Europe needs a focus because individual countries cannot offer the leadership the continent needs writes Allan Massie
THIS is a testing time for the European Union, arguably the most difficult since it came into being. This is not because of the troubles of the euro. The common currency has been in difficulties since the global financial crash seven years ago, but has survived it, admittedly at a cost.
Austerity has damaged the economies of Italy, Spain, Portugal, Ireland and Greece, but not even Greece has opted or been compelled to leave the eurozone. Right-wing commentators here who were certain that the euro was a mistake and that the eurozone must crash may not yet have had to eat their words, but they certainly haven’t been proved right. Hostility to the euro certainly exists in, for example, France, the state that pushed hardest for the creation of the single currency. Marine Le Pen’s Front National calls for a return to the franc, and is also making much stronger demands than David Cameron for the “repatriation” of powers from Brussels, but even in these topsy-turvy times it is unlikely that Madame Le Pen will be the next French president; and so it is probable that the eurozone will hold together
No, it is of course the migration crisis which is testing the politicians and institutions of the Union. Whatever responsibility the West has for the horrors and chaos in the Middle East which have led to this mass exodus of refugees – and we undoubtedly have some – they can hardly be blamed on the EU. Yet, to simplify what is very complicated, it is the member states of the EU which are having to respond to this migration, not the USA.
The free movement of capital and labour – that is, the free movement of people – is one of the essential founding principles of the EU. Ernest Bevin, the great foreign secretary in the 1945 Labour government, once spoke of his wish to see the day when he could go to Victoria station or Waterloo and buy a ticket to anywhere in Europe with no need for a passport or border controls. The idealists who created the European Economic Community which developed into the European Union realised that the unfettered movement of people was as essential as the breaking-down of trade barriers. Eventually came the Schengen Agreement which went a long way to making the Europe of open borders that Bevin had hoped to see a reality. The UK, of course, declined to sign up for Schengen. Nevertheless most of us have benefited from it, travelling throughout the EU without let or hindrance.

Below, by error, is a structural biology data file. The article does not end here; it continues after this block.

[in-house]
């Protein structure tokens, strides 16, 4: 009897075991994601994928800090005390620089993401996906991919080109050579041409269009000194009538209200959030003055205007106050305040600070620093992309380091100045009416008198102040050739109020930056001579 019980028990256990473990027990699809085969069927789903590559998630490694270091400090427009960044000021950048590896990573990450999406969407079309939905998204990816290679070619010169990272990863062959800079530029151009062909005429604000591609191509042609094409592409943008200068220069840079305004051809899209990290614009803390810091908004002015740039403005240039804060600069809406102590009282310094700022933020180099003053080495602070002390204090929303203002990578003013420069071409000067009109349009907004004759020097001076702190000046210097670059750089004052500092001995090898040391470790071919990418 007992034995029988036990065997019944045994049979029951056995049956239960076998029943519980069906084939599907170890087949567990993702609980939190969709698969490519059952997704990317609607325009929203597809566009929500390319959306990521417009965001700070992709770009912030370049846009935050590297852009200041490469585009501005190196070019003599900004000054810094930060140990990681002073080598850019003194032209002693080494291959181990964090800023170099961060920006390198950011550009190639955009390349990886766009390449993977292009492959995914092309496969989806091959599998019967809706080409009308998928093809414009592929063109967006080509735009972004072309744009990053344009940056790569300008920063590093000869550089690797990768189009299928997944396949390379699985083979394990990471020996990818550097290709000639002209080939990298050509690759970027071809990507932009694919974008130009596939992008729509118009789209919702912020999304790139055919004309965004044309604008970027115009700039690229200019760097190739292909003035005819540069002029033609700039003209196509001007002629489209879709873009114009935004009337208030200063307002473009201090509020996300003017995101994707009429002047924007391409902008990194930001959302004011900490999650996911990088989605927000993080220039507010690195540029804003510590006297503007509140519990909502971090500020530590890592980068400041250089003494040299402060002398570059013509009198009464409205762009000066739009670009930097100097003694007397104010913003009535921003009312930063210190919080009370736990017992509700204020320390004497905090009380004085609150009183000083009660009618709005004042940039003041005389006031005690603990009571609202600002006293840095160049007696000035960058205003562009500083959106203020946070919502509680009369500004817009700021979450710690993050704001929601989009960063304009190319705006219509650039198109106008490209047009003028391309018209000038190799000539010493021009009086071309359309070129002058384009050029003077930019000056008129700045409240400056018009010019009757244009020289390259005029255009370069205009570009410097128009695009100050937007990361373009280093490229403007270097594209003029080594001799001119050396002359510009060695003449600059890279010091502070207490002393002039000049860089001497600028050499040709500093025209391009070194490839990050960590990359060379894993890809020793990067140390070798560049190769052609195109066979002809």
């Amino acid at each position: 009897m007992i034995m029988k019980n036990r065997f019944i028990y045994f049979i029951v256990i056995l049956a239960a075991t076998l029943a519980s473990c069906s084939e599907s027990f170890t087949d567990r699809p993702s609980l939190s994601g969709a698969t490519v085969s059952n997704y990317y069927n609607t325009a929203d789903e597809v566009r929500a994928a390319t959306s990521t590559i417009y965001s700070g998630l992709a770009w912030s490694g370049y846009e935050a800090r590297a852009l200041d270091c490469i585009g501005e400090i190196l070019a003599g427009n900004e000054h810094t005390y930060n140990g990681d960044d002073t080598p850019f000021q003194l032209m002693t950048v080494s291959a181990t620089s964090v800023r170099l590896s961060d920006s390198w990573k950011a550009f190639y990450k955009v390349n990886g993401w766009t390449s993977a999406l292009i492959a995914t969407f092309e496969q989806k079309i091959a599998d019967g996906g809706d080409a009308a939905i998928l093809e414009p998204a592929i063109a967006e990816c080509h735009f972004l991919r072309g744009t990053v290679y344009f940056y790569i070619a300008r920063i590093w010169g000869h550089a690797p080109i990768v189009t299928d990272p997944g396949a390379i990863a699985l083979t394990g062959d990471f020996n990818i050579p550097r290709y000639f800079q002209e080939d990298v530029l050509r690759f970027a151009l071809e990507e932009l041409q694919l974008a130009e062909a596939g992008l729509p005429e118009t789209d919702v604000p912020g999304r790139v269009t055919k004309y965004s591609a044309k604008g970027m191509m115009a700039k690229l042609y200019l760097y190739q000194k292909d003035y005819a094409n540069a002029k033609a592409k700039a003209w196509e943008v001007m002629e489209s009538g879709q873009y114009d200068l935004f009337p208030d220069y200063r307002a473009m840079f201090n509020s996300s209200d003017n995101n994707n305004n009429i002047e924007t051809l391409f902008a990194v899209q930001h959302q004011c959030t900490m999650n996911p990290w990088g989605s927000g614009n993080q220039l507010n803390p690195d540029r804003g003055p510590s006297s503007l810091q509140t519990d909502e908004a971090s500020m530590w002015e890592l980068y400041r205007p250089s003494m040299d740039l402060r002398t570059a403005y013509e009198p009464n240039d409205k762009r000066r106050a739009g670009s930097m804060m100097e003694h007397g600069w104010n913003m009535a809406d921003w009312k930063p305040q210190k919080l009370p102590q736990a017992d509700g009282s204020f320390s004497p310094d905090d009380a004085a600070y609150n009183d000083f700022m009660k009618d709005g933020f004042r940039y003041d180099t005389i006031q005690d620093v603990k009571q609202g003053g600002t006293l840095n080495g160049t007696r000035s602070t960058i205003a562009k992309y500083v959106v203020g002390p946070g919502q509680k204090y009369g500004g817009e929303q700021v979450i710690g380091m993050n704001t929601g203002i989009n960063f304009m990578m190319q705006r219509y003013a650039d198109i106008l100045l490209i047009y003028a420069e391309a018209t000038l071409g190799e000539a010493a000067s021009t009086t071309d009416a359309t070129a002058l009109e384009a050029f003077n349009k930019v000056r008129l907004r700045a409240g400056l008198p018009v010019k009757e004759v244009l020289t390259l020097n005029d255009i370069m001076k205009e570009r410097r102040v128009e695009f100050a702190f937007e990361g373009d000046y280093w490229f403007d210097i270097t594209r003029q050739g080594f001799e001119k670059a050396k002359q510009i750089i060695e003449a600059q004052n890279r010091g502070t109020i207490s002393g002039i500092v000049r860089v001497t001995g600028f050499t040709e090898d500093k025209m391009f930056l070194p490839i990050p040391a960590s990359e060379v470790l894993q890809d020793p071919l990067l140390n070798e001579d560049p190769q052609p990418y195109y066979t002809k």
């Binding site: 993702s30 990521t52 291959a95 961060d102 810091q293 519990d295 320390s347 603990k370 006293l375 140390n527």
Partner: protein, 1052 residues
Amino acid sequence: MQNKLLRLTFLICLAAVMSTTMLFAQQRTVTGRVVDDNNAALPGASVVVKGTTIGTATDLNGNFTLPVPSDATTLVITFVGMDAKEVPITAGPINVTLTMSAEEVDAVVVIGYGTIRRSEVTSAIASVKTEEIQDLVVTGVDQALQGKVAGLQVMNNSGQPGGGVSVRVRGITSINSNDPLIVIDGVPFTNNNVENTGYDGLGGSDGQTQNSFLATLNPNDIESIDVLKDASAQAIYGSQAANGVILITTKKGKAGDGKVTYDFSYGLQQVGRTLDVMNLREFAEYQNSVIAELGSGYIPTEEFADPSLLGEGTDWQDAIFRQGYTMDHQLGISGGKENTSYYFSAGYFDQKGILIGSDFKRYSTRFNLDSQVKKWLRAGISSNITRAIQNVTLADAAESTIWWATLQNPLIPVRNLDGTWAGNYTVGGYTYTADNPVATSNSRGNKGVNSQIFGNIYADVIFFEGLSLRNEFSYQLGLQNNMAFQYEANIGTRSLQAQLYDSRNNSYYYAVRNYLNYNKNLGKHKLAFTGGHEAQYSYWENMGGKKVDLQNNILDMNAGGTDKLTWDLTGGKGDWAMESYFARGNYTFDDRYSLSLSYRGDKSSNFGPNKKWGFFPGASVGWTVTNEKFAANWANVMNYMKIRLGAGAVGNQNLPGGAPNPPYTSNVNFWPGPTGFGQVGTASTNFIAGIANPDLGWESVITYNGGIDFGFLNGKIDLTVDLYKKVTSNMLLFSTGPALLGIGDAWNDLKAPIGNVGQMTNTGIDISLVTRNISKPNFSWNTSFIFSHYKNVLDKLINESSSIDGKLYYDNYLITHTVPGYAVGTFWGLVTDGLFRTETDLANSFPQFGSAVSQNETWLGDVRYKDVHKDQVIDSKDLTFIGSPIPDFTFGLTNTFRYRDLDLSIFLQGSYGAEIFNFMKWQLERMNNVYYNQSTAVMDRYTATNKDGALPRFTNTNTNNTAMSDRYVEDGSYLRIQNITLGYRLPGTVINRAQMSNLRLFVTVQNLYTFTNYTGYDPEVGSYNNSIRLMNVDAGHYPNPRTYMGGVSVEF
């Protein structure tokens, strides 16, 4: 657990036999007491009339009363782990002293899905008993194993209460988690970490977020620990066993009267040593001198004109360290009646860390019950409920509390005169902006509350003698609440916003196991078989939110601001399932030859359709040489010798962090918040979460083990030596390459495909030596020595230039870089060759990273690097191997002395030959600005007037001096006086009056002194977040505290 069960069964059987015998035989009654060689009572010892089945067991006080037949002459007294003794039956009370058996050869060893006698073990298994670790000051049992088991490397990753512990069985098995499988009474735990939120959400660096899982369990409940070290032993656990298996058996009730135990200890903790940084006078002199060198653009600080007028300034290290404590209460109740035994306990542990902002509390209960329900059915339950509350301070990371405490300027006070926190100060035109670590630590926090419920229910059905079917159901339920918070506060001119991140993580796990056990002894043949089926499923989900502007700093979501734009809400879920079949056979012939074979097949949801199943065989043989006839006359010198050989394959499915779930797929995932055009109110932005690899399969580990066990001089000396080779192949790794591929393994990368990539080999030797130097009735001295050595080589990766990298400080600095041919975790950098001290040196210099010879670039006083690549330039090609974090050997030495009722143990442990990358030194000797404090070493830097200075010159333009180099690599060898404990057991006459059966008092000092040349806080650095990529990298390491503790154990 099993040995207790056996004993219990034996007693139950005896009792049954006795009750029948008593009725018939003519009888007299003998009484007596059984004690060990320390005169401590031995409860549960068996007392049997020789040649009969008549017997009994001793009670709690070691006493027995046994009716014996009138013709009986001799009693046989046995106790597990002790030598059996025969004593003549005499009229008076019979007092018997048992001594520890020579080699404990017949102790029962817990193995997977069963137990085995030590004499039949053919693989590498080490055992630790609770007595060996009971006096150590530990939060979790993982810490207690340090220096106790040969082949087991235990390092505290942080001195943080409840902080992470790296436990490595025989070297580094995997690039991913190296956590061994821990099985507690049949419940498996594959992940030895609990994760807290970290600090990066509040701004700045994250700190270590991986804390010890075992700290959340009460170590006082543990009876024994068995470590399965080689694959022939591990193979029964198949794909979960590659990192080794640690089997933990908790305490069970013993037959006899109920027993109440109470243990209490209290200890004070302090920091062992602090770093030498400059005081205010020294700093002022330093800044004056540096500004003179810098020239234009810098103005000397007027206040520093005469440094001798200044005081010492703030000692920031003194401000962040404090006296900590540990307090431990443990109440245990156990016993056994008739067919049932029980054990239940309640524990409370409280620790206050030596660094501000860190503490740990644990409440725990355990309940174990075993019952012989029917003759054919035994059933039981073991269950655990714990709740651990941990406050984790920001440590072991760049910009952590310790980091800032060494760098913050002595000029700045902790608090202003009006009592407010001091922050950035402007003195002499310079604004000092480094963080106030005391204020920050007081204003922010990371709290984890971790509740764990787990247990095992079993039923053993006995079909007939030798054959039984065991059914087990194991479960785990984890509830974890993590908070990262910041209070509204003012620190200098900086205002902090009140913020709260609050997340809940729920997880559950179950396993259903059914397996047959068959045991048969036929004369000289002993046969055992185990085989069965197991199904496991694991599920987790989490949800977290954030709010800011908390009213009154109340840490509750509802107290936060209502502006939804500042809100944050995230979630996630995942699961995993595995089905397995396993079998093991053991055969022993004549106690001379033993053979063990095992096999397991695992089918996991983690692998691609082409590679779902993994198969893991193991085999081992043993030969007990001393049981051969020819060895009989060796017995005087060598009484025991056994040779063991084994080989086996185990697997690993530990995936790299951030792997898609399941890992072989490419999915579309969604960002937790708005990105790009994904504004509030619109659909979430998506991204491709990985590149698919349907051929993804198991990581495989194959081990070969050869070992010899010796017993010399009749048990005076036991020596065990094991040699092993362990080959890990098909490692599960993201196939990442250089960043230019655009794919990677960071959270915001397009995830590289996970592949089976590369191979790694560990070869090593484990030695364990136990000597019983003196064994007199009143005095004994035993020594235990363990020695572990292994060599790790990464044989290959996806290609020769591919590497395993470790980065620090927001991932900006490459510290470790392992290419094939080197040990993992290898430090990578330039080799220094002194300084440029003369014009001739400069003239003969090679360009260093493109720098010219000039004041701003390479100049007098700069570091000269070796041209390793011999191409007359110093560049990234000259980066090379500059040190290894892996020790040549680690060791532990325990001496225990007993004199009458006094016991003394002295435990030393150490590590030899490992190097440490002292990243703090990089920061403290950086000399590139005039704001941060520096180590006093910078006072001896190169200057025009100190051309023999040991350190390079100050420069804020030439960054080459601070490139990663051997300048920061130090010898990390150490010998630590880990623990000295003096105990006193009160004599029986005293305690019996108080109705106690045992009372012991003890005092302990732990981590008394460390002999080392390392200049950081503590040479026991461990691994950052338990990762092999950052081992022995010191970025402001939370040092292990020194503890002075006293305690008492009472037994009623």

Now this basic principle is under threat. It may not be abandoned, but it is being suspended. Another principle that refugees should be accommodated in the country they first arrived in has already been discarded. Everyone recognises that Greece and Italy, the first points of arrival for most, can’t be expected to take responsibility for the flood of migrants. Even Germany, which has shown a greater willingness than any other state to accept large numbers of refugees, has – temporarily at least – felt obliged to re-impose border controls to enable it to stem the flow and process those seeking admittance.
It is a humanitarian problem and a political one. The EU Commission’s attempt to get all member states to agree to accept a quota of migrants/refugees is reasonable, but, for two reasons, probably unworkable. First there are countries – the most recent member states, formerly part of the Soviet bloc, and the Mediterranean states suffering high austerity-imposed levels of unemployment – which are unable to accommodate large number of incomers; second, even if such states do make the attempt, it is highly unlikely that migrants will be content to remain in, say, Latvia, Hungary or Romania. They will want to move on to Germany, the UK, France, the Netherlands, Denmark or Sweden; and they will legally be free to do so.
David Cameron’s argument that the solution must be found not in Europe but in the Middle East itself has some merit. It would obviously be better if, for instance, Syrians felt able to return to Syria as doubtless vast numbers of them would wish to do. But there is no sign of an end to the war there, and the chance of any sizeable number of refugees returning there is, to put it mildly, remote. So the onus of accommodating the migrants is thrown back on the EU and the individual member states.
There is no evident solution. Douglas Carswell, the Ukip (and former Tory) MP writes that Schengen was a late 20th century solution to a 21st century problem, and that open borders are unsustainable. The EU can’t continue as it was. He is (probably) quite happy about this. The problem is of course that closing the borders will not address the reality of the migration crisis. Nor is it a solution merely to try to clamp down on the “people traffickers”. Some of them are doubtless utterly unscrupulous and greedy. On the other hand there is a demand for their services from people who are living in wretched conditions and seeking a better life; they are meeting that demand.
That the migration crisis is imposing a strain on the EU is obvious, undeniable. It may make a temporary suspension of the principle of free movement necessary. But flip the coin and look at the obverse. Suppose the EU didn’t exist. Suppose there was no Commission and no Council of Ministers seeking to formulate a concerted response. Would things be better or worse? The migrants would not disappear. They would still be there. They would still be trying to make new homes for themselves in Europe. And, in doing so, they would be setting one European state against another. So things would surely be worse. The EU is imperfect, as any human institution is. But at least it offers a prospect of co-ordinated action, a common response to a pressing international problem. The migration crisis, far from making the EU redundant, makes it all the more necessary.